Translated from the Arabic by Roger Allen
"A skillful novelistic judgement on the CIA special renditions after 9/11, there are also occasional shades of One Flew over the Cuckoo’s Nest."—Banipal
"Himmich is one of the most innovative and prolific novelists in contemporary
Morocco. This is an important work of literature in a masterful
translation."—Jonathan Smolin, associate professor of Arabic, Dartmouth College
Philosopher and writer Bensalem Himmich is the author of a number of works in both Arabic
and French. He has won a number of prizes and distinctions, including the Naguib Mahfouz
Prize (American University in Cairo, 2002), the Sharjah-UNESCO Prize (2003), the Diploma
and Medal of the Academic Society of Arts and Letters (Paris, 2009), and the Prize of the
Academy of Floral Games (Toulouse, France, 2011). My Torturess was nominated for the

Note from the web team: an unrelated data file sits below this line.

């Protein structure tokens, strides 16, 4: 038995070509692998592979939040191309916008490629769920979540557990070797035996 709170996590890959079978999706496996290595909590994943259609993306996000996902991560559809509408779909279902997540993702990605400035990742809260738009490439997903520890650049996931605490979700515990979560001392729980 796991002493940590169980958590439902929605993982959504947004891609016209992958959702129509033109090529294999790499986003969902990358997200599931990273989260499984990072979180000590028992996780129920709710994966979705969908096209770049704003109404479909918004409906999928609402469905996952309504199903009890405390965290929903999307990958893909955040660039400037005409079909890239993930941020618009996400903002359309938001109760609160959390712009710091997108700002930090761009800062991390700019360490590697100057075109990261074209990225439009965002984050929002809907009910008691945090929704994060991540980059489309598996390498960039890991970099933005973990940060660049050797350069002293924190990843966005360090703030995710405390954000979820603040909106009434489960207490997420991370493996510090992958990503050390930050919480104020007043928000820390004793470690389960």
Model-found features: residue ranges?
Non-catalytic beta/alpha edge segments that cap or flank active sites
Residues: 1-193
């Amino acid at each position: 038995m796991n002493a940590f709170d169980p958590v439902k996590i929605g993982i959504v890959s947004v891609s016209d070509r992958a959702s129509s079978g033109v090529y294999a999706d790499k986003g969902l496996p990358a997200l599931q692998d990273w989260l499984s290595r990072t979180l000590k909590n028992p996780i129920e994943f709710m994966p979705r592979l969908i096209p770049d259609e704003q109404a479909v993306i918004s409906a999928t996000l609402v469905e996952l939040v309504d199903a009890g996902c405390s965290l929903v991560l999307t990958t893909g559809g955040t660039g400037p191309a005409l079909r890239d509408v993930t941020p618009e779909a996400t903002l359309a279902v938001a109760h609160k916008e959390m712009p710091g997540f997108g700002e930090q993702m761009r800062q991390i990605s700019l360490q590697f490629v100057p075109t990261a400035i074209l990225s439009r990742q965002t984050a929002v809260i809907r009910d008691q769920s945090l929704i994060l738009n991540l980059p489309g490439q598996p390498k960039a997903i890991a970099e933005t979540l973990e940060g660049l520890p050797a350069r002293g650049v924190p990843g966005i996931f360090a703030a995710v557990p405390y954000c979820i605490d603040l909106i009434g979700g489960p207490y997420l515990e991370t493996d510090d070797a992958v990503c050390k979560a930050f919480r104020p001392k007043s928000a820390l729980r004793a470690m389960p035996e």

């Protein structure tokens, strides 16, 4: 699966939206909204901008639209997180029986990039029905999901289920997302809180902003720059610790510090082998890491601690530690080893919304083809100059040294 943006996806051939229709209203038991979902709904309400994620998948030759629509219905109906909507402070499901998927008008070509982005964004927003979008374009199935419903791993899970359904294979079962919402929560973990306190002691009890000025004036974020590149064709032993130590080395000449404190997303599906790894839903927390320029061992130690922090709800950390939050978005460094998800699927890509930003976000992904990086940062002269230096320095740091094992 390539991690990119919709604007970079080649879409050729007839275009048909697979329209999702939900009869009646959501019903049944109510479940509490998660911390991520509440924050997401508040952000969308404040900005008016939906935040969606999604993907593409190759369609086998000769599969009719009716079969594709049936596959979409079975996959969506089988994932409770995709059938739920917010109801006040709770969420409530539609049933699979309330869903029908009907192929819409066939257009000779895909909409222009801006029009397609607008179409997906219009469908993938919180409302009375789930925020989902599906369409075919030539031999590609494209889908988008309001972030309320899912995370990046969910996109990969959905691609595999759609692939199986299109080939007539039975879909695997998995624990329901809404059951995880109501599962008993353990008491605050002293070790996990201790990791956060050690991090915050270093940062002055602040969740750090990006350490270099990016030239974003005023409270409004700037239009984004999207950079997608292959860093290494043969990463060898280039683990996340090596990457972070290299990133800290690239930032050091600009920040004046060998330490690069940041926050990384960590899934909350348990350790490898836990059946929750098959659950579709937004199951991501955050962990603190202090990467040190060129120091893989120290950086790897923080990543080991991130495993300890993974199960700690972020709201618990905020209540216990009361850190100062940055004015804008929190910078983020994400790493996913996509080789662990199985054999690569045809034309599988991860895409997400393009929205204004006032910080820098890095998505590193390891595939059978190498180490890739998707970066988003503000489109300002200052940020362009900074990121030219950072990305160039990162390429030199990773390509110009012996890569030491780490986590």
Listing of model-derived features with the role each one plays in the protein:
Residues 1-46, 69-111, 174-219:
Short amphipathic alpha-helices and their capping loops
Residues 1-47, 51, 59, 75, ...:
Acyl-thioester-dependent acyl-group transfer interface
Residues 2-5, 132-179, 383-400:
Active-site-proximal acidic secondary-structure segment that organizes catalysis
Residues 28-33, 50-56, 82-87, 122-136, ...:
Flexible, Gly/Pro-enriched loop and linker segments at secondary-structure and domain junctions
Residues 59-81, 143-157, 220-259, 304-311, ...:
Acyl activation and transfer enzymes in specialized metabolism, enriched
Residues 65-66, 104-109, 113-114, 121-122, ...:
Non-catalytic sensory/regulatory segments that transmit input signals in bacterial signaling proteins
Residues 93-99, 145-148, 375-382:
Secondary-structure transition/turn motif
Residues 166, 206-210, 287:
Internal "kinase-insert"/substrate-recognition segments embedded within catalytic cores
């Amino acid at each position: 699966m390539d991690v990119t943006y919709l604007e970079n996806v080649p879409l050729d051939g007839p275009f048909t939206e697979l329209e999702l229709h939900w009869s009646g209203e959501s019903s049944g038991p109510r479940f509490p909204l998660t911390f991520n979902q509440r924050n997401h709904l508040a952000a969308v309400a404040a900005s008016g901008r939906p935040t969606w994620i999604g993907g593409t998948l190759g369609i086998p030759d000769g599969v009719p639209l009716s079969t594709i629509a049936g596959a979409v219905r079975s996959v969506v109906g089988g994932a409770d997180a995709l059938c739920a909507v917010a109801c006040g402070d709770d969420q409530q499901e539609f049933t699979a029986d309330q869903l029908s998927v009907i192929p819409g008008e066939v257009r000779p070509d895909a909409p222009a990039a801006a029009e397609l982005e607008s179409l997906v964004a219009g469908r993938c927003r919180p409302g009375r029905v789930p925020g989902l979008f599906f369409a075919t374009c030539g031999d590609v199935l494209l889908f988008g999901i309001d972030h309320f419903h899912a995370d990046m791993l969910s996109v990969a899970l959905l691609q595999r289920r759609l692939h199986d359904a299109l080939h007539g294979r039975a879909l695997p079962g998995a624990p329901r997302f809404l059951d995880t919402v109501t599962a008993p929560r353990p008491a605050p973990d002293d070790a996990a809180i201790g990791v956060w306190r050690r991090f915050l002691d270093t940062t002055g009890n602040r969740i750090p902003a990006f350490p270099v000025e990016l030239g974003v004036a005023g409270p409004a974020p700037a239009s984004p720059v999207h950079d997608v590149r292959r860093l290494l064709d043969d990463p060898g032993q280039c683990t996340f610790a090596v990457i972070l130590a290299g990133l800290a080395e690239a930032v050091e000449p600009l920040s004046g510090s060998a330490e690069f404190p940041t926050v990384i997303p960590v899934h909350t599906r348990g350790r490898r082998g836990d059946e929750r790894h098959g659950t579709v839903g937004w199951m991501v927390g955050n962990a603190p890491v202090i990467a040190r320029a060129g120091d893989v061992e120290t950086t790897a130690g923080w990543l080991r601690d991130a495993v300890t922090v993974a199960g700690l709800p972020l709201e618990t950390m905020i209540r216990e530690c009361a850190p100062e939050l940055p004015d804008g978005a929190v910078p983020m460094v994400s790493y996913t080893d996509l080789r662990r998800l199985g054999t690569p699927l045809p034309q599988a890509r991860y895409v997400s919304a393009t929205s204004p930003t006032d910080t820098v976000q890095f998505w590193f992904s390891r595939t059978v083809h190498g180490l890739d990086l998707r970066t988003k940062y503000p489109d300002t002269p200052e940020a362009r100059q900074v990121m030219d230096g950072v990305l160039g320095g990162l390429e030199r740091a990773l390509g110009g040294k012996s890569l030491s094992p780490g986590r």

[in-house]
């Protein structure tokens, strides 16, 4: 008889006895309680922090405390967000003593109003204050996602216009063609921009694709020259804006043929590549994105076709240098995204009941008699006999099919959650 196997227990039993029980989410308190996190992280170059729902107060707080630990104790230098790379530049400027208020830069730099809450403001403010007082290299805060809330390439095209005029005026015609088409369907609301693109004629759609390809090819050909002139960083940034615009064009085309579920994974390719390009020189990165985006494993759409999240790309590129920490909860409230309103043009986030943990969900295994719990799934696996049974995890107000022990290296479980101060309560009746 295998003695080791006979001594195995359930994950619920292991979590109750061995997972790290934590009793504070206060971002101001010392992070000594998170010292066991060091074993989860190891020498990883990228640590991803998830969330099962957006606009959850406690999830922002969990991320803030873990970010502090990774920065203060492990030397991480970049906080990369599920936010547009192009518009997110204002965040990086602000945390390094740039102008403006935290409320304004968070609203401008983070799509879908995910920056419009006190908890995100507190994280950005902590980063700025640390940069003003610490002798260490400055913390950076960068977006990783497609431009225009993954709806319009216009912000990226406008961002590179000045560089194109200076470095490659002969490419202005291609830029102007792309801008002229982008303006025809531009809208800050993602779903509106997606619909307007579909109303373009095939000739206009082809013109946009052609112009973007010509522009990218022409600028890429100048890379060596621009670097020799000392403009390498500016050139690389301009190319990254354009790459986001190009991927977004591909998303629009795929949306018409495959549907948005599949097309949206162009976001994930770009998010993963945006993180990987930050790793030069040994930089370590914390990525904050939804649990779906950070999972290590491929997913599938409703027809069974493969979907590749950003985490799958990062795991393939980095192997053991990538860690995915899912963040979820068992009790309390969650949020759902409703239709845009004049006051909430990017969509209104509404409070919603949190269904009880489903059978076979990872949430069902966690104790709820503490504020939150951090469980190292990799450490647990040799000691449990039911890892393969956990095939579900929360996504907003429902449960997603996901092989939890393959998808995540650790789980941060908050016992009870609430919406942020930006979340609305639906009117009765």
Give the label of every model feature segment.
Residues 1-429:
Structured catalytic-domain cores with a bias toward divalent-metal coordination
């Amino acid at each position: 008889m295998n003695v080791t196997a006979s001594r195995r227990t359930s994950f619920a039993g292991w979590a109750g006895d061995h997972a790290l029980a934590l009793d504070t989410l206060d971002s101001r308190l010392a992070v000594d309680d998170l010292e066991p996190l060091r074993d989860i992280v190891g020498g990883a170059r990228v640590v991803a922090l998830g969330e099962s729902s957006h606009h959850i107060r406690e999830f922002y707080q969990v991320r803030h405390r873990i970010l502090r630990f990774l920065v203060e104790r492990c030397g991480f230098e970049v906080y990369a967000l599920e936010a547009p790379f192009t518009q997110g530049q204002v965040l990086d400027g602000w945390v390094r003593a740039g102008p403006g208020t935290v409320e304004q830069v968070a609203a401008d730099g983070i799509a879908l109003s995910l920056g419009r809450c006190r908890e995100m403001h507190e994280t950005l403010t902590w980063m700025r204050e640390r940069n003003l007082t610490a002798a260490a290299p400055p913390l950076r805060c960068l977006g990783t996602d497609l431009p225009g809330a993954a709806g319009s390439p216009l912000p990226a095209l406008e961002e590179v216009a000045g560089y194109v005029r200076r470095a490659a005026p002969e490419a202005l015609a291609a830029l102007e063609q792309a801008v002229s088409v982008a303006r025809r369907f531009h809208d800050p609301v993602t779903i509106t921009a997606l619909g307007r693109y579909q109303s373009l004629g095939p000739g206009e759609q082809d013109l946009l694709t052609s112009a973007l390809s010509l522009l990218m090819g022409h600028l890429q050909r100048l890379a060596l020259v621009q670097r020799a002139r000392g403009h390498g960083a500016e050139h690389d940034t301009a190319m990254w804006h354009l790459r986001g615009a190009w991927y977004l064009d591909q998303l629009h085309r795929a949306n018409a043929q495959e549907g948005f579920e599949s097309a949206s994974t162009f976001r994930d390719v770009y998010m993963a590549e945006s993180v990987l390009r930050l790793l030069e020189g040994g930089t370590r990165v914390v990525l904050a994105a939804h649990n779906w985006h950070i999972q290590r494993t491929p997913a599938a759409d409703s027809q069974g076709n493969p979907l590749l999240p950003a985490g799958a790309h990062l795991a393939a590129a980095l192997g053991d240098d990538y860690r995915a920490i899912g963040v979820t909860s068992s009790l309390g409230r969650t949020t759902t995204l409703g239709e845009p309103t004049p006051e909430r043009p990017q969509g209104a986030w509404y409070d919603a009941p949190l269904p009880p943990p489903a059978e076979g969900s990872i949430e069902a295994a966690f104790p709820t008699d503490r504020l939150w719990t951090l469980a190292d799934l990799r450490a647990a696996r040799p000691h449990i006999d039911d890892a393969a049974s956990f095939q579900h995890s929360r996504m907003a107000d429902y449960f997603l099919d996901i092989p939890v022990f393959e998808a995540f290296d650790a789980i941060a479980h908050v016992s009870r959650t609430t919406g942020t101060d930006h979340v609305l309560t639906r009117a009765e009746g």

International Arabic Fiction Prize in 2011.
Roger Allen is the Sascha Jane Patterson Harvie Professor Emeritus of Social Thought and
Comparative Ethics in the School of Arts and Sciences at the University of Pennsylvania,
where he is professor emeritus of Arabic and comparative literature. Among his translations
are Bensalem Himmich’s A Muslim Suicide and The Polymath.
Book Description »[Close »]
In this harrowing novel, a young Moroccan bookseller is falsely accused of being
involved in jihadist activities. Drugged and carried off the street, Hamuda is
"extraordinarily rendered" to a prison camp in an unknown location where he
is interrogated and subjected to various methods of torture.
Narrated through the voice of the young prisoner, the novel unfolds in
Hamuda’s attempt to record his experience once he is finally released after six
years in captivity. He paints an unforgettable portrait of his captors’ brutality
and the terrifying methods of his primary interrogator, a French woman known
as Mama Ghula. With a lucid style, Himmich delivers a visceral tale that explores
the moral depths to which humanity is capable of descending and the
limits of what the soul can endure.
View other series books on Middle East Literature in Translation.
6 x 9, 248 pages